There was a lot of talk about the Islamic prayer meeting last Friday in Charlotte. It was sanctioned by the DNC and was expected to draw 20,000. It drew perhaps 200. There was a lot of talk about the Occupy protests that were expected to add a disruptive presence to the city, but less than 1,000 protesters showed up, despite months of hype and build up. There was, however, a rally that drew multiplied thousands of attendees on Sunday and was officially shunned by the DNC. Oh, you didn’t hear about it?
I’m speaking about the Charlotte 714 rally (based on the biblical text found in 2 Chronicles 7:14) where Christians from more than 100 different churches in the region attended a 7-hour, non-political rally at the Verizon Wireless Amphitheater. (According to the figures released by the amphitheater, there were 9,000 total attendees over the course of the day.)
A few weeks before the DNC, the churches involved in the event made an effort to “adopt a delegation,” offering to send welcome baskets with information about their churches and the city. But the “Democrats denied the evangelical group permission because of its pro-life stance.”
According to David Benham, the organizer of Charlotte 714, “The mayor’s office texted me and said, ‘We regret to inform but we ask that you not send those letters, and not engage in ‘Adopt a Delegation,’ because your views on women are contrary to the convention.’”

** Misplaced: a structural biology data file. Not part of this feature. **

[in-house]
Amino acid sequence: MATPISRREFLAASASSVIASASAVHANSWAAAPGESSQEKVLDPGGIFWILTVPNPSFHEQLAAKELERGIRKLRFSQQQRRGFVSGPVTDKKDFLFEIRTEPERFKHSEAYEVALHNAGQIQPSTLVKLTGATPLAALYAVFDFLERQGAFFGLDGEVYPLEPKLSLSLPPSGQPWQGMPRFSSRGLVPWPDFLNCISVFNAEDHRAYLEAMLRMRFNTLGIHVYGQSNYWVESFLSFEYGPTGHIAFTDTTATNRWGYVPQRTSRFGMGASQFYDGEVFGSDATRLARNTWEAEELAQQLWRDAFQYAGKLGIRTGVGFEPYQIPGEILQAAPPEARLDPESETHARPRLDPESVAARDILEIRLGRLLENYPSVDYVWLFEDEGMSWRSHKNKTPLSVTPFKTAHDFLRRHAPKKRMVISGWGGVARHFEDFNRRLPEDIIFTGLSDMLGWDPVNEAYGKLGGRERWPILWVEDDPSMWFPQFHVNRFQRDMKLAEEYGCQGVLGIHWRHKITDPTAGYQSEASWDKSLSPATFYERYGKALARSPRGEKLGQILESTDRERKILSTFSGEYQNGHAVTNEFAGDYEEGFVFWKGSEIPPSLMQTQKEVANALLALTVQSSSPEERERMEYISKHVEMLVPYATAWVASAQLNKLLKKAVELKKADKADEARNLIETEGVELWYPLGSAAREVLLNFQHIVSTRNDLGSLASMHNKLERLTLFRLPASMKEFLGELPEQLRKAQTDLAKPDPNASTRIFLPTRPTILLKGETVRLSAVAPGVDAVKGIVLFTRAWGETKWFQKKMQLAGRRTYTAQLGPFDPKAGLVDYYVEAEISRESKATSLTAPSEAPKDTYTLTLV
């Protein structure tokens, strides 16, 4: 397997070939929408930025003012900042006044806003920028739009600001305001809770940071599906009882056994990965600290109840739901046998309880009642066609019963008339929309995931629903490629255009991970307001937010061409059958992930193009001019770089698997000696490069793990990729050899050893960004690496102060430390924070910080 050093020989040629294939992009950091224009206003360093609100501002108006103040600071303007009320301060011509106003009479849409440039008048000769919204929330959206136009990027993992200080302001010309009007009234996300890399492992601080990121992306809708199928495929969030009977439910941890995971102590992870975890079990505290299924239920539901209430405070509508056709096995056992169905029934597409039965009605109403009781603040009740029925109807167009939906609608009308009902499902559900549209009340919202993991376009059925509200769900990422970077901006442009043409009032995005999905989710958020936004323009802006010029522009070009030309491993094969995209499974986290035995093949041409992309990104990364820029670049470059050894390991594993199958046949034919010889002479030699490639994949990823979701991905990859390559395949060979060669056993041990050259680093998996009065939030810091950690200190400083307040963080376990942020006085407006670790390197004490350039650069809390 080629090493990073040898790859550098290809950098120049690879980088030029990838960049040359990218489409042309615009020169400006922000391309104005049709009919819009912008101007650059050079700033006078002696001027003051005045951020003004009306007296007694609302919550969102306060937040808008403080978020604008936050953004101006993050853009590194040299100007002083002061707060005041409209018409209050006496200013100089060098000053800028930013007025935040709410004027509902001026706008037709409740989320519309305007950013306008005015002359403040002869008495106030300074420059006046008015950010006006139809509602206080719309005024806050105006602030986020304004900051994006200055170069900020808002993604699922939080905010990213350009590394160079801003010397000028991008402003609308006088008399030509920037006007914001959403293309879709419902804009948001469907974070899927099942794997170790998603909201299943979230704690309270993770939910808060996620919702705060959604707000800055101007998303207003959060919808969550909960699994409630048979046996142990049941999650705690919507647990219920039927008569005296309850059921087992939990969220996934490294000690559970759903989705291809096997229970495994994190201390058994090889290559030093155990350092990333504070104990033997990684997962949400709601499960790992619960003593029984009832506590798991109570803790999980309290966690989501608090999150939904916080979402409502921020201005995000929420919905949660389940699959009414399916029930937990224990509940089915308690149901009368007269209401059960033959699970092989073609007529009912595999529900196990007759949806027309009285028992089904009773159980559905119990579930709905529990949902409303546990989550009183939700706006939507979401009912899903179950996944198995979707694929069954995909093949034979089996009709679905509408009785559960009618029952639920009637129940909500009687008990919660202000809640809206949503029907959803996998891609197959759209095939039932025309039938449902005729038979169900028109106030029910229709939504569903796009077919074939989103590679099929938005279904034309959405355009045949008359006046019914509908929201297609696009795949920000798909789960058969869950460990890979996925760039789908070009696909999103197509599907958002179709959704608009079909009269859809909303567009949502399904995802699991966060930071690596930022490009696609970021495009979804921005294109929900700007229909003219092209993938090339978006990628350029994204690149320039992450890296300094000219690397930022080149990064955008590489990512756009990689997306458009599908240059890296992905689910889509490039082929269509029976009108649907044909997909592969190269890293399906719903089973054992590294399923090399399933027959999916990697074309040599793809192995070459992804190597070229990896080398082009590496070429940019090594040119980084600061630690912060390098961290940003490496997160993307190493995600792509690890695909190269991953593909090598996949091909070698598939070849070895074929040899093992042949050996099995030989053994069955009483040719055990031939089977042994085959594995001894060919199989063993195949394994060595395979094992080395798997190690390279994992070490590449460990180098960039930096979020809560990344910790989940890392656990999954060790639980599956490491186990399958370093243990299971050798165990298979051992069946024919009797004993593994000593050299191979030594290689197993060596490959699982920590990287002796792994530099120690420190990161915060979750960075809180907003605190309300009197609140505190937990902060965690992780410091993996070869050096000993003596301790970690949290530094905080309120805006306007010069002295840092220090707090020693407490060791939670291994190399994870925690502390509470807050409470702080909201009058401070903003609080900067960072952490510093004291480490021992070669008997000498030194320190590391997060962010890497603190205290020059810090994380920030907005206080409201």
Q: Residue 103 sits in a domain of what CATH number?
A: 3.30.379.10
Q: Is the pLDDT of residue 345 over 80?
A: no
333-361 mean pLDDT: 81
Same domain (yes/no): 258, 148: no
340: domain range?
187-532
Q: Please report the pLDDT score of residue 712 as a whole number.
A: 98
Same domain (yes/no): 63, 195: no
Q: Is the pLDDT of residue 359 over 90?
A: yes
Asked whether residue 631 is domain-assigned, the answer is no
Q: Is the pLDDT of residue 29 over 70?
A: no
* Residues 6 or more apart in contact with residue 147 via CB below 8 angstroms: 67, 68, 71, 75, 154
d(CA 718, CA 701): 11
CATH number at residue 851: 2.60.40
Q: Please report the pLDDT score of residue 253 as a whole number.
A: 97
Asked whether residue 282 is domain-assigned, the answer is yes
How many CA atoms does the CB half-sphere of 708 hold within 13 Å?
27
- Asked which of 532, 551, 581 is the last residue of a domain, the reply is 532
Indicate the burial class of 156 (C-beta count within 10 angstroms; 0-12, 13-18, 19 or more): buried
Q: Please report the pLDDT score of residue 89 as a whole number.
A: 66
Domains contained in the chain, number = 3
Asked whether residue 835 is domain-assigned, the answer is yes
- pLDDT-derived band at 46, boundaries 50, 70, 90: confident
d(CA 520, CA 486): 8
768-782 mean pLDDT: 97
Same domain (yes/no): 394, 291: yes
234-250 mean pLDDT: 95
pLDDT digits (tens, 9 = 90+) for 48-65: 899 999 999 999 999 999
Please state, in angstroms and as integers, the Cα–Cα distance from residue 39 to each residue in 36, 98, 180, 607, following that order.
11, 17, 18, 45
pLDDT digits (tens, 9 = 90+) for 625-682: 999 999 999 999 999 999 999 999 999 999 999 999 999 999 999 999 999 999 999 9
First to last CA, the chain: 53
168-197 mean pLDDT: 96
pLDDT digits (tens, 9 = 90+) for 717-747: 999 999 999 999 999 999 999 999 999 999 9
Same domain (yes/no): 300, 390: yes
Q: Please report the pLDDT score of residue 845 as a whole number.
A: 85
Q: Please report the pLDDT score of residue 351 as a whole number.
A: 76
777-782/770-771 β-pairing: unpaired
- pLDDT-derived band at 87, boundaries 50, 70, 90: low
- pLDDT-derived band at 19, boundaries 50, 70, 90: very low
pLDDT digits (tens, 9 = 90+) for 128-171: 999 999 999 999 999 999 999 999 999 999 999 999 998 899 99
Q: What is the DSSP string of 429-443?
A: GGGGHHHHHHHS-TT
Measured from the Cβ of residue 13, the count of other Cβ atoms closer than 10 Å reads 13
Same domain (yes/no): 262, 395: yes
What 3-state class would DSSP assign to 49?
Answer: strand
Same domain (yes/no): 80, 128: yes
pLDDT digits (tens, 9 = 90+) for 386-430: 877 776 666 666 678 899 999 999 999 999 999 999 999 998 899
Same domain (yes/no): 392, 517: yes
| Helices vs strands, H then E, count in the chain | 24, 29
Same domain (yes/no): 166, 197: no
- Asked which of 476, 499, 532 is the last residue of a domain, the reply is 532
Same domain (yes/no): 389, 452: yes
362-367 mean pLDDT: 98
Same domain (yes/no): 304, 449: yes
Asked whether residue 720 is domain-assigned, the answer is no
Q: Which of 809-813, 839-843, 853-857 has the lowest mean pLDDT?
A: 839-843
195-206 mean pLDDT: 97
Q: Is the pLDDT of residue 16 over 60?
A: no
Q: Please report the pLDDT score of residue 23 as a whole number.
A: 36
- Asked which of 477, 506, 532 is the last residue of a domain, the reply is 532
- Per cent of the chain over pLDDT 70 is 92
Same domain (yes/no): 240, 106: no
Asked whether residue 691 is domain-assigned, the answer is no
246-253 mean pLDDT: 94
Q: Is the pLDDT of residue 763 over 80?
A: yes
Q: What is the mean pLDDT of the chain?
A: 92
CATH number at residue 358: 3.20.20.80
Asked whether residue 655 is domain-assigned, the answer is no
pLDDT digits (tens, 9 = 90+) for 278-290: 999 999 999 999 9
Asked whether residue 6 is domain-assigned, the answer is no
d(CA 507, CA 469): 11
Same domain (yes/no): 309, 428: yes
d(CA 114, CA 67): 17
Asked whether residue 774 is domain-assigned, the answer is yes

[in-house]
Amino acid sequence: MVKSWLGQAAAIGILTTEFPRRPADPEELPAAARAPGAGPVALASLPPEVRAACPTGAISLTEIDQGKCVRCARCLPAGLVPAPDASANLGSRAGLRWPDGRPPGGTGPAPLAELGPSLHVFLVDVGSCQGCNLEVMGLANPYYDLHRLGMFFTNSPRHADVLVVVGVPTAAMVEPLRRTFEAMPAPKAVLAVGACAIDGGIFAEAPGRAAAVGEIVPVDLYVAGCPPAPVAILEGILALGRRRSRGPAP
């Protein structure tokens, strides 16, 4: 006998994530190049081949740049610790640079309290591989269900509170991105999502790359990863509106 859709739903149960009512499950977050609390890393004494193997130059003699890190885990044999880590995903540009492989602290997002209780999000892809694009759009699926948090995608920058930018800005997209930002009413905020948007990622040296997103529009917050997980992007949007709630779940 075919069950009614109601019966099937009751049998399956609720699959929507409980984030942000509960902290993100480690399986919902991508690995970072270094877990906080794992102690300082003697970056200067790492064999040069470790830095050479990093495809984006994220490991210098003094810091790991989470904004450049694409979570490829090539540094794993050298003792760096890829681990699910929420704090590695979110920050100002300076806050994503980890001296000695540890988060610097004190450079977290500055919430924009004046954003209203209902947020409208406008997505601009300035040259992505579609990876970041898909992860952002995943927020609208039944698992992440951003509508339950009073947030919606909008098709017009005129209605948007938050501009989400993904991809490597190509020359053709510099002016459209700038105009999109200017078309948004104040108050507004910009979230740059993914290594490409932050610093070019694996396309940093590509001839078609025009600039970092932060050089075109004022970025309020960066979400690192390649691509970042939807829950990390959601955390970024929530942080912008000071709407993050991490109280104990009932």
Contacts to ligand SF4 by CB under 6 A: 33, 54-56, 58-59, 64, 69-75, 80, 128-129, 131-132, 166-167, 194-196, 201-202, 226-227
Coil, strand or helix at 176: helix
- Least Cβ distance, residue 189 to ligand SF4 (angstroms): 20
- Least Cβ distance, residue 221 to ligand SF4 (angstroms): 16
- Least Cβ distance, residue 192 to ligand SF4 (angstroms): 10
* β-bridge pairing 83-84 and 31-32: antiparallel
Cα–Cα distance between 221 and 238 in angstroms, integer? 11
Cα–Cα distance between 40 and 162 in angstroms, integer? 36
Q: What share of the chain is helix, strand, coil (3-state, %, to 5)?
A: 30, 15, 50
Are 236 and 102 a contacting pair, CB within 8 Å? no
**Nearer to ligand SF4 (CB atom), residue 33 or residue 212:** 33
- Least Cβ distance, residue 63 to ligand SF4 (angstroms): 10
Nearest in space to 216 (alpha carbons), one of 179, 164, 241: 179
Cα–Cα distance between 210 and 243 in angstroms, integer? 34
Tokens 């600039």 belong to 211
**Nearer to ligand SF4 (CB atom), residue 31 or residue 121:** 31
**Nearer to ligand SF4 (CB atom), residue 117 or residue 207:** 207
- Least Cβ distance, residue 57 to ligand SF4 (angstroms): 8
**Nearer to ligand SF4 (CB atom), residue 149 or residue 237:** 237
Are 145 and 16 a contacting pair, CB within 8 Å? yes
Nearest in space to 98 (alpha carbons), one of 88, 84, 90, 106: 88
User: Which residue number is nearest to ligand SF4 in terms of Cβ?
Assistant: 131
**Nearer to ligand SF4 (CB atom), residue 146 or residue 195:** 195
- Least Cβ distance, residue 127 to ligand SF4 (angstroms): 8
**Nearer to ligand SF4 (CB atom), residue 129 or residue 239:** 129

It appears, then, that to deeply honor women as wives and moms and singles who make an immense contribution to the well-being of our society and to highly esteem babies in the womb (including female babies) is to hold to a view of women that is “contrary to the convention.”
It’s also quite ironic (or should I say hypocritical?) that, while rejecting these pro-life Christians, the DNC endorsed the Muslim prayer meeting. Were these Muslims who gathered to pray pro-abortion? Did they embrace feminism? Did they support same-sex “marriage”?
Michael Brown holds a Ph.D. in Near Eastern Languages and Literatures from New York University. He is the author of 25 books, including Hyper-Grace: Exposing the Dangers of the Modern Grace Message, and he hosts the nationally syndicated, daily talk radio show, the Line of Fire. Follow him at AskDrBrown on Facebook or @drmichaellbrown on Twitter.